## Airplanes

The last time I was on a airplane was when I was traveling to Florida for vacation.  I wondered how almost 200 people and the mass of the plane didn't weigh the plane down.  The forces on the airplane is at equilibrium when the airplane reaches at a certain altitude.  Additional when the airplane reaches at a constant velocity therefore the forces on it all must be balanced.  This means that the lift force (L) generated by the airplane wings must equal the airplane weight (W), and the thrust force (T) generated by the airplane engines must equal the drag force (D) caused by air resistance.  The airplanes wings and the fins in the back of the air plane, cuts down on drag force and increases the lift of force when the plane is increases its altitude.  The wings and fins makes the airplane aerodynamic letting the airplane go faster when its flying in the air.

## Dancing

Both of my sisters used to dance and when I was younger I went to their dance recitals.  Every year I went, there was always that one dancer who would spin on her toe for the longest time.  I always notice that when ever the dancer slowed down while spinning, she whipped her legs around in a circle again and then she started to spin faster.  I have always wondered how one leg motion could keep you spinning for the longest time.  Well this simple spinning of a dance can be explained through angular momentum.  When the dancer starts she extends her legs out to have a larger radius.  With this larger radius, her angular speed is small, but when she whips her legs around and tightened up her leg to her body, the radius is smaller.  The angular momentum is the angular speed times moment of inertia initial equals the final.  The dancer with the large radius has a large moment of inertia and low angular speed.  When she brings her legs together, the moment inertia becomes less and the angular speed increases.  Therefore she can spin faster when she puts her legs out and then whips it back into her body.

## Music

Music, who doesn't like music?  Music is an universal langue. Music can be heard in any mood or activity.  It's just a thing that everyone does.  Yet how can we listen to music in general? Well sound is produced when a medium is being vibrated.  A medium could be air, water, etc... Vibrations in air are called traveling longitudinal waves, which we can hear.  The reason why sounds can't be heard in space because there is no medium where sounds can vibrate in.  Since sound can't vibrate in a medium, sound can't be heard in space.  Sound waves consist of areas of high and low pressure called compression and rarefaction. Additionally the wavelength and the speed of the wave determine the pitch, or frequency of the sound. Wavelength, frequency, and speed are related by the equation speed = frequency * wavelength. Since sound travels at 343 meters per second at standard temperature and pressure (STP), speed is a constant. Thus, frequency is determined by speed / wavelength. The longer the wavelength, the lower the pitch. Lastly the height of the wave is its amplitude. The amplitude determines how loud a sound will be. Greater amplitude means the sound will be louder.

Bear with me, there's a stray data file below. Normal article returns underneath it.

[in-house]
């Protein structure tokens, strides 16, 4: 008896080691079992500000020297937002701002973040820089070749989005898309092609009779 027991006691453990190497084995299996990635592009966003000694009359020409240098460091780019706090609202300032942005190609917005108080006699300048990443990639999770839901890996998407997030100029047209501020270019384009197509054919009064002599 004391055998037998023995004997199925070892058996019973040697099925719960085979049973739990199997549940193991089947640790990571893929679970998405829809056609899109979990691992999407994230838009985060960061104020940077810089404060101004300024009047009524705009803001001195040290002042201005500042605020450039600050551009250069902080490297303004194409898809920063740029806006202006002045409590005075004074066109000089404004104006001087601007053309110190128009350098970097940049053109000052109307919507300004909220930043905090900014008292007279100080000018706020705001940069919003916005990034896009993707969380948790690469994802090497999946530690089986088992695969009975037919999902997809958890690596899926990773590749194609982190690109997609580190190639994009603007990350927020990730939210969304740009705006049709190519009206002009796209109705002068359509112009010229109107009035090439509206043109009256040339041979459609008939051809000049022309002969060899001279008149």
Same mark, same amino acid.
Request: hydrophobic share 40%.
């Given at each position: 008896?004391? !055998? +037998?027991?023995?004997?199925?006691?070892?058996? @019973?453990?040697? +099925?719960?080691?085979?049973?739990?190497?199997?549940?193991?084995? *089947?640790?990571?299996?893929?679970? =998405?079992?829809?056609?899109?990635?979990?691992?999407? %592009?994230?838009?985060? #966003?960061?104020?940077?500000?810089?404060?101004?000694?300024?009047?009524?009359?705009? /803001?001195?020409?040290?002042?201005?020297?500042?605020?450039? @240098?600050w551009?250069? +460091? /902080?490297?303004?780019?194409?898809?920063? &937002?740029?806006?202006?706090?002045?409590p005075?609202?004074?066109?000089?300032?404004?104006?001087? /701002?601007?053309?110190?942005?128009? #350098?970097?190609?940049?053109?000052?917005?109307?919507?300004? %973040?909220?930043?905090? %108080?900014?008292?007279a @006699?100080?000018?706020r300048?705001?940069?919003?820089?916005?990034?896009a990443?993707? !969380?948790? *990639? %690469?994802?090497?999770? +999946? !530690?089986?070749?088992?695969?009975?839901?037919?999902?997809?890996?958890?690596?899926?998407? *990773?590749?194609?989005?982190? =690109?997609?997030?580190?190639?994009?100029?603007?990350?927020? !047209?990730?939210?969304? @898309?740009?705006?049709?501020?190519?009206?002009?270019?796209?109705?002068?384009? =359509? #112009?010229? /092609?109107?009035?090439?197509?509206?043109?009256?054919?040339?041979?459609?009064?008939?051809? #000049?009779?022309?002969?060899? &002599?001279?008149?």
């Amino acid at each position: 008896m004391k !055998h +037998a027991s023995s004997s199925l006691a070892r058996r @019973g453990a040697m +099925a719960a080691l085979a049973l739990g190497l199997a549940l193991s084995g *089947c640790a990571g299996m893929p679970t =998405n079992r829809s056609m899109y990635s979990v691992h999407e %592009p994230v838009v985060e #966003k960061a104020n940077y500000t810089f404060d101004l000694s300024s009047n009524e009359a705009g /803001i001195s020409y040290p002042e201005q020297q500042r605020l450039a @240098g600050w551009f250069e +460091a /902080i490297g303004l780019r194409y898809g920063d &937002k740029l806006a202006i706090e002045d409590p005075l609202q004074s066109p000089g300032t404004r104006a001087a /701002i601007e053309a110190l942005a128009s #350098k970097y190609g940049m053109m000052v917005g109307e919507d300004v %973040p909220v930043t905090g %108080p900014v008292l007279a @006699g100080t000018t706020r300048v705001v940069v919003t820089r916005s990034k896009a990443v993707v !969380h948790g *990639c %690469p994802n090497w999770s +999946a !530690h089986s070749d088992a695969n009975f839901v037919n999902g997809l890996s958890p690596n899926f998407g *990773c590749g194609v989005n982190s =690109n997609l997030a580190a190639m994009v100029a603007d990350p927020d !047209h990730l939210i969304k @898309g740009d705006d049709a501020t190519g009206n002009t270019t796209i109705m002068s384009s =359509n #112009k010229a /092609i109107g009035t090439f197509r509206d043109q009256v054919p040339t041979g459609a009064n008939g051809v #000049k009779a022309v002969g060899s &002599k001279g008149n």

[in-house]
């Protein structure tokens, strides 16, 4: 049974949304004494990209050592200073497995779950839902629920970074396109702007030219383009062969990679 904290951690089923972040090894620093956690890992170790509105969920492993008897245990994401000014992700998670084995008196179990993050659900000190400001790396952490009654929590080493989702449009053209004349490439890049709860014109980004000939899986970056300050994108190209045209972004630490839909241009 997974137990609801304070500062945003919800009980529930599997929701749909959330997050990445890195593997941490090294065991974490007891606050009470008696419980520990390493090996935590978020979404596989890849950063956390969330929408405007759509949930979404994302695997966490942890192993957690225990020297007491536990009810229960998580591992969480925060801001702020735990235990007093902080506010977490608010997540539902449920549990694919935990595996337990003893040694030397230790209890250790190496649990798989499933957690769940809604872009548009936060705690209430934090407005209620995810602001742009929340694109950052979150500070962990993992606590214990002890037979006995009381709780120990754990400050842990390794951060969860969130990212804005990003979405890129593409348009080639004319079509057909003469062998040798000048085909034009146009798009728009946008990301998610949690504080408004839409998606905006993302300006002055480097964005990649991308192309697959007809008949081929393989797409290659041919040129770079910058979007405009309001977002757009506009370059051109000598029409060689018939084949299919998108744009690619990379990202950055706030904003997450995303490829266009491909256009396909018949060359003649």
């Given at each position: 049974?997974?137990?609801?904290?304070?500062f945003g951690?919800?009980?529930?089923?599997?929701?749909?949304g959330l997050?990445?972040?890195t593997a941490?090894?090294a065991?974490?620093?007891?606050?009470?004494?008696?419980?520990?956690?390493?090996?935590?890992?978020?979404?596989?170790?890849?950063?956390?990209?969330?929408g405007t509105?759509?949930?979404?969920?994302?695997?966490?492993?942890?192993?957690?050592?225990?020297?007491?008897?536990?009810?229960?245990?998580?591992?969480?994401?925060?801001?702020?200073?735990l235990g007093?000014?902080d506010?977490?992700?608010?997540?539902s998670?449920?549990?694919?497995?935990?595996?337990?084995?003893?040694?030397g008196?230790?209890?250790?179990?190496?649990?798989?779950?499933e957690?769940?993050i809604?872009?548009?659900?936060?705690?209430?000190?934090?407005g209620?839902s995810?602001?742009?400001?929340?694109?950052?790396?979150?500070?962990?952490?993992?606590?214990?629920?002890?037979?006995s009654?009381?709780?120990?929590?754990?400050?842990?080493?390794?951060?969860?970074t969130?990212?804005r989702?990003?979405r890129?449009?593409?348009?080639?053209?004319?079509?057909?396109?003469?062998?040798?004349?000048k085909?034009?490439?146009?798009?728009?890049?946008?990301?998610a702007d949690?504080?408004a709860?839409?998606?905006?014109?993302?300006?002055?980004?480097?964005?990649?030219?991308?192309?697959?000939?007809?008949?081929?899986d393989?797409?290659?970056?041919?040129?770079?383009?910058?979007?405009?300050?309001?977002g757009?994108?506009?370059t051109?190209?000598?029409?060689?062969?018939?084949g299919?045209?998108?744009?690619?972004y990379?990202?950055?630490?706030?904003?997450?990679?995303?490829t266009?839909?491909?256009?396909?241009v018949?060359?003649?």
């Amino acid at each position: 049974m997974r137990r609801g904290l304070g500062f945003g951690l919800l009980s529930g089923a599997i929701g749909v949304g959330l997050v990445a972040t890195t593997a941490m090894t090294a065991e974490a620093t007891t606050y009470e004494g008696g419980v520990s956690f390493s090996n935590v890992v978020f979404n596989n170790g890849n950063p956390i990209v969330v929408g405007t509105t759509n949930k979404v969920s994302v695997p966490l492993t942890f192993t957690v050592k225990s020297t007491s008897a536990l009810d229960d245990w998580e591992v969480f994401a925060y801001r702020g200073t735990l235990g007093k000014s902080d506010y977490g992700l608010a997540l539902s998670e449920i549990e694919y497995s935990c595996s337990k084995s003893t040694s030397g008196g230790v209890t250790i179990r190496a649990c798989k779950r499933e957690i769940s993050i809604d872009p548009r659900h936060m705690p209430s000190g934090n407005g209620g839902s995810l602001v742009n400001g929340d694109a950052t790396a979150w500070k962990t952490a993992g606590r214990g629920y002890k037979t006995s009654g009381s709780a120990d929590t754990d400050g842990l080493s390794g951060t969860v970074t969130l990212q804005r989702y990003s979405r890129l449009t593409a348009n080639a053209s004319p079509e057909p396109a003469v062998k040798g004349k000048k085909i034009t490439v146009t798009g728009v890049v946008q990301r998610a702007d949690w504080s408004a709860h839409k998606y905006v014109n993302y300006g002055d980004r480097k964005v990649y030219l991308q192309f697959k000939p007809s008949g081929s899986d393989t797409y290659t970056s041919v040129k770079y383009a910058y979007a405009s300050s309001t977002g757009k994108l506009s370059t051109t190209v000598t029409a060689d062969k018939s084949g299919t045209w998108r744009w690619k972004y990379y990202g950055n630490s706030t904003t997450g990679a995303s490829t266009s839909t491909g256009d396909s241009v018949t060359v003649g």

## Eyes

I have horrible eye sight, so that's why I need glasses to see better.  And yet I never really understood how a mirror could make you see better.  Until last year, when we learned in physics of optical glasses.  Our eyes are concave, and the distance between our cornea to our retina is the focal length.  So the light that hits our eyes allows us to see images.  People who have twenty/twenty visions have eyes that aren't small or elongated and the focus is at the retina.  This allows people to see images clearly.  However people who have bad eye sight can either be far-sided or near-sided.  The people who are far-sided, have their focus behind the retina because the eyes are short, therefore convex lenses can fix this.  Convex lenses has a positive focal length which moves the image of a person far-sided forward.  People who are near-sided, have their focus in front of the retina because the eye is elongated. Concave lenses can fix that because tit has negative focal length so it moves the image back to focus.

## High Jumping

Watching the summer Olympics last year was really intriguing because of the High Jump.  I have always wonder how someone with just a pole could jump so high above a bar.  Now I know there's physics behind it.  First of all, before the person jumps above the bar, the person with pole has  to generate speed to the high bar.  This speed generate before the person jump increases the kinetic energy of the person.  Then the person plants the pole down at an angle and jumps, the person is then able to be at the highest trajectory of their motion.  Additionally, the kinetic energy of the person is then transferred into potential energy causing the person's height to increase.  This allows the person to jump at a high height and be able to be at the highest point of its trajectory.  The hang time of the person in the high is due to the pole's elasticity.  The pole bends then whips the person to the bar, causing the person to have a longer time in the air.  Then the person has to arc their backs to get over the high bar.  Then they land on the soft pads to help their landing because it increases the time of the force impacting the body causing no harm to the body.